Given the right conditions, some seemingly mild-mannered plants can become garden thugs, invading entire yards and even moving on to the rest of the neighborhood.
We may all have heard stories about the bamboo or mint that threatened to take over a garden, but there are other potentially nasty plants lurking out there. In the interest of saving others from the anguish of dealing with unexpectedly invasive plants, Master Gardeners volunteer the following tales of their own (often on-going) battles with particular members of the plant kingdom.
Violets! Their flowers are lovely, and they create a useful ground cover — and then some. One Master Gardener reports with exasperation that they “are truly a pest;” another says that they “will never be gone.” Plus they provide a handy hide-out for leafrollers, the larva of the Geshna Cannalis moth. Leafrollers literally roll themselves up in the leaves. They deform the leaves and will spread to other plants.
Morning glories have proven to be tenacious fighters in many gardens. In particular, the perennial morning glory (often labeled “Heavenly Blue” or “Blue Dawn Flower”) can cover entire buildings, and grows so fast you’d swear you could see it growing while you watched it.
One Chico Master Gardener reports that it took years to eradicate it from her yard — vines were still emerging in her shady side yard 10 years after she had dug it up from the roots in an attempt to permanently dispose of it. A Durham Master Gardener had the same experience.
More than one Master Gardener has engaged in battle with Mexican feather grass (Stipa tenuissima, formerly known as Nasella tenuissima). They were attracted to the way its flower stalks “shimmy” so charmingly in the breeze. But that lovely movement with the wind aids the plant’s dissemination.
One feather grass victim notes that “after a couple of years I noticed small seedlings in many places around my lot. As the plant is drought tolerant, the seedlings did well even if they didn’t receive any supplemental irrigation. Where there was supplemental irrigation, they were especially plentiful. After about a year of constantly pulling unwanted seedlings, I finally removed the mother plants. Three years later, I’m still pulling unwanted seedlings.”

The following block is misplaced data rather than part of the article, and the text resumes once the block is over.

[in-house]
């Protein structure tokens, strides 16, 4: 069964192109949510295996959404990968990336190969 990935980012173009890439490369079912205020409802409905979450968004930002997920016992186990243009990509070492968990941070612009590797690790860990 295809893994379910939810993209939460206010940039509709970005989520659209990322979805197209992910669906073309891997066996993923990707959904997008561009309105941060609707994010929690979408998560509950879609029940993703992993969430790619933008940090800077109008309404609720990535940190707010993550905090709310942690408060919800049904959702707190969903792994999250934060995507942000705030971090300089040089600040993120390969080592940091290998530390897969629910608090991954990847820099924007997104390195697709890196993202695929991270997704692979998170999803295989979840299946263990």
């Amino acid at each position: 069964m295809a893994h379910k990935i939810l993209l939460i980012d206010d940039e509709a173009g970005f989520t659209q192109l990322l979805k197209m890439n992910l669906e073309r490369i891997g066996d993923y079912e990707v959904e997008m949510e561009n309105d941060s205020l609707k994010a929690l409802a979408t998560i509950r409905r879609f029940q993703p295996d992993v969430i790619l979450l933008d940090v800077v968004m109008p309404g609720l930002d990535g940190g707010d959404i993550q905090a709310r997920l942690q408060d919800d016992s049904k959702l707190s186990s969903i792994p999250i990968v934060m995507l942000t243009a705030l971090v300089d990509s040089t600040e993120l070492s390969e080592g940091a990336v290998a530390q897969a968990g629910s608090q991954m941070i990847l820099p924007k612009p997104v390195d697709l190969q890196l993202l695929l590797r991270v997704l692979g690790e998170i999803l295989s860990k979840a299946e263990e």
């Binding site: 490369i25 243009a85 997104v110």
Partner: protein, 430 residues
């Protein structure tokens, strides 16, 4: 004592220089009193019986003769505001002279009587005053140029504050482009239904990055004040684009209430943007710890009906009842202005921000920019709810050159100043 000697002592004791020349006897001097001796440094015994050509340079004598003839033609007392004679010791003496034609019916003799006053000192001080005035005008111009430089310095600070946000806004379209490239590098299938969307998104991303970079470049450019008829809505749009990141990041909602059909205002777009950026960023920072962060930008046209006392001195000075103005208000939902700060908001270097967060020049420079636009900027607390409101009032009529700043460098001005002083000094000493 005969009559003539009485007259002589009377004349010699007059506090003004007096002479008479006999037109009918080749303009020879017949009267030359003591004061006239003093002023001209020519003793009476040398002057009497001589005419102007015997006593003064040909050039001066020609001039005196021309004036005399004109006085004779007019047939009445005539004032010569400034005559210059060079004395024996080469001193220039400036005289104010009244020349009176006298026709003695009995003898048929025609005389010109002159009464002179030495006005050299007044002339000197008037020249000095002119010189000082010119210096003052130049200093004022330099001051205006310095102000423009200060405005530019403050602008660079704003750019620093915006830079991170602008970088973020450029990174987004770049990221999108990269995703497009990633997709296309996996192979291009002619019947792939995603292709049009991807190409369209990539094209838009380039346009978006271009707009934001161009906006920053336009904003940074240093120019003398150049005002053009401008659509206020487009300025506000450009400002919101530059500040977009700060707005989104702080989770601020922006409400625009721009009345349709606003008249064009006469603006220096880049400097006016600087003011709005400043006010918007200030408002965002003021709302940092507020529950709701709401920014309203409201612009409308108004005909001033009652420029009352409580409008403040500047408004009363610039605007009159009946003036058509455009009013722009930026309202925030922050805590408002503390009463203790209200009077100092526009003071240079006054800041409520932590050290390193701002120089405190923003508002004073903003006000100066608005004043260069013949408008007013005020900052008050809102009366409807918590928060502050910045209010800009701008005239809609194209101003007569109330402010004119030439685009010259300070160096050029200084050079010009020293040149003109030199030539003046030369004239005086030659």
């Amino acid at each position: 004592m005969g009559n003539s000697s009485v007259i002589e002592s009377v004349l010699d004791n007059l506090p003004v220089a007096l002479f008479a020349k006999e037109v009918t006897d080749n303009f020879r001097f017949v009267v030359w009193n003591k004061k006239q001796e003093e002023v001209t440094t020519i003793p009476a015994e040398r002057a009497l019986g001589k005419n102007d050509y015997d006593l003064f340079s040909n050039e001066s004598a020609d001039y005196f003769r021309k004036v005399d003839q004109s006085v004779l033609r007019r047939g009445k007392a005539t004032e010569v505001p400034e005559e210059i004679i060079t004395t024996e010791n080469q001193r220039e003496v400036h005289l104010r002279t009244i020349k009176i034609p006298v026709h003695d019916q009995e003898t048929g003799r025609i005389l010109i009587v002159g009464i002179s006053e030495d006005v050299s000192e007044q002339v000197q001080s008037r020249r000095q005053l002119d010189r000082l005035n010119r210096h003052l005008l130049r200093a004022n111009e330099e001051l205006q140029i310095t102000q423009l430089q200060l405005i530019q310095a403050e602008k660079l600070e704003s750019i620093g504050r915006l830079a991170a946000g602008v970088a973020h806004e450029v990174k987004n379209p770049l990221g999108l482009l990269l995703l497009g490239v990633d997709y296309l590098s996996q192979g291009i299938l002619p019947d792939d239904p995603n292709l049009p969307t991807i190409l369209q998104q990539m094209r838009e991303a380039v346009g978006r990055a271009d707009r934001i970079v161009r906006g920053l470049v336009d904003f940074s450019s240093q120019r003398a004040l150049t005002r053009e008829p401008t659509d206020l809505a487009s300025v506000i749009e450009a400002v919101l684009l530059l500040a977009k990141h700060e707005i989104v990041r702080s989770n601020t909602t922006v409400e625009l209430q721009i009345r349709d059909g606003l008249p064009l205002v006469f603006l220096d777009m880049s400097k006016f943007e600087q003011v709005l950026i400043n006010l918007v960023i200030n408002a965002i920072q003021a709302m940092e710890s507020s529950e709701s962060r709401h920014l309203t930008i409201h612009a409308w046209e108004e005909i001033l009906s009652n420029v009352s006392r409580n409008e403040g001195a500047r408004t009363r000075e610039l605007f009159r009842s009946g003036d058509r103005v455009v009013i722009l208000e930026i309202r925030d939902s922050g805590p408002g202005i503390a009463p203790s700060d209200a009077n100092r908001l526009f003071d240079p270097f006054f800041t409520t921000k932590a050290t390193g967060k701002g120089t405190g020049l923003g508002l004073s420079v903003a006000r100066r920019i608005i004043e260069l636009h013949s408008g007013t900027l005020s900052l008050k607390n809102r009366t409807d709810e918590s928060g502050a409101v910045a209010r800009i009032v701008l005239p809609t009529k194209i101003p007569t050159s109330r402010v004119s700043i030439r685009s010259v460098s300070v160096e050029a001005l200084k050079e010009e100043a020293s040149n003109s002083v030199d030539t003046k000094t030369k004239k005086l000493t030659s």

Another Master Gardener notes that “it can take over the neighborhood, especially where bare ground is showing.”
Another ultra-hardy self-seeder is Scabiosa (pincushion flower). One Master Gardener, who has planted two types (atropurpurea and ochroleuca) says that they reseed “almost beyond control.” Because they are so attractive, she feels guilty pulling them up, but knows that, regardless, she can’t really get rid of them.
Russian Sage has proven to be very invasive in the neighborhood yard of a Master Gardener, who reports that “it sends up shoots the full length of my house.” Trying to keep it contained by cutting it just encourages the plant to send up more shoots.
Shady yards provide the ideal conditions for the spread of a nearly evergreen species of alstroemeria, the Peruvian lily (A. psittacina). Its dark red flowers marked with green and blotched with dark purple appear in early summer and early fall; the 2-foot-tall foliage provides useful ground cover during the winter and dies back in mid-summer, but don’t be fooled.
Over time this alstroemeria will move into every shady area in a yard and even colonize sunnier locations. It travels by tuberous rhizomes which develop in clusters. Because it is impossible to dig up every single tuber in these clusters, the plant is impossible to eradicate. A Master Gardener with a very shady yard knows she will be battling this ultra-vigorous plant for the rest of her life.
A similar story is told by a Chico Master Gardener who moved into a house whose previous owner had planted creeping fig vine all along the backyard fence. She reports that the vine has grown in between the fence boards into the yards of the neighbors on all three sides of her lot. She is in the process of removing it by cutting it down and treating the roots with herbicide, and laments that even with this on-going vigilant approach, it will take several years to get rid of it.
Up in Paradise, a Master Gardener planted one yellow flag iris (pseudacrus) 10 years ago in a semi-shady location with spring water available all year. She now has an area eight feet long and four feet wide filled with these plants, which die to the ground in cold weather. “The roots are enormous,” she says, adding that “it would require a back hoe to dig them out.”
Finally, a Master Gardener has been dealing with the Miner’s lettuce planted by his home’s previous occupant for 20 years. Initially, he says “it was so thick I couldn’t mow it and had to use a weed eater,” and it still sends up a few shoots each year. He has seen this plant advertised in a seed catalog and warns “someone would have to be insane to sow it without putting it in a container.”
The bottom line: Think twice (or three times) before planting these potential garden invaders.
For a list of common invasive plants and some suggested alternatives to them, go to the PlantRight website at http://www.plantright.org/map
The UC Master Gardeners of Butte County are part of the University of California Cooperative Extension system, serving our community in a variety of ways, including 4-H, farm advisers, and nutrition and physical activity programs.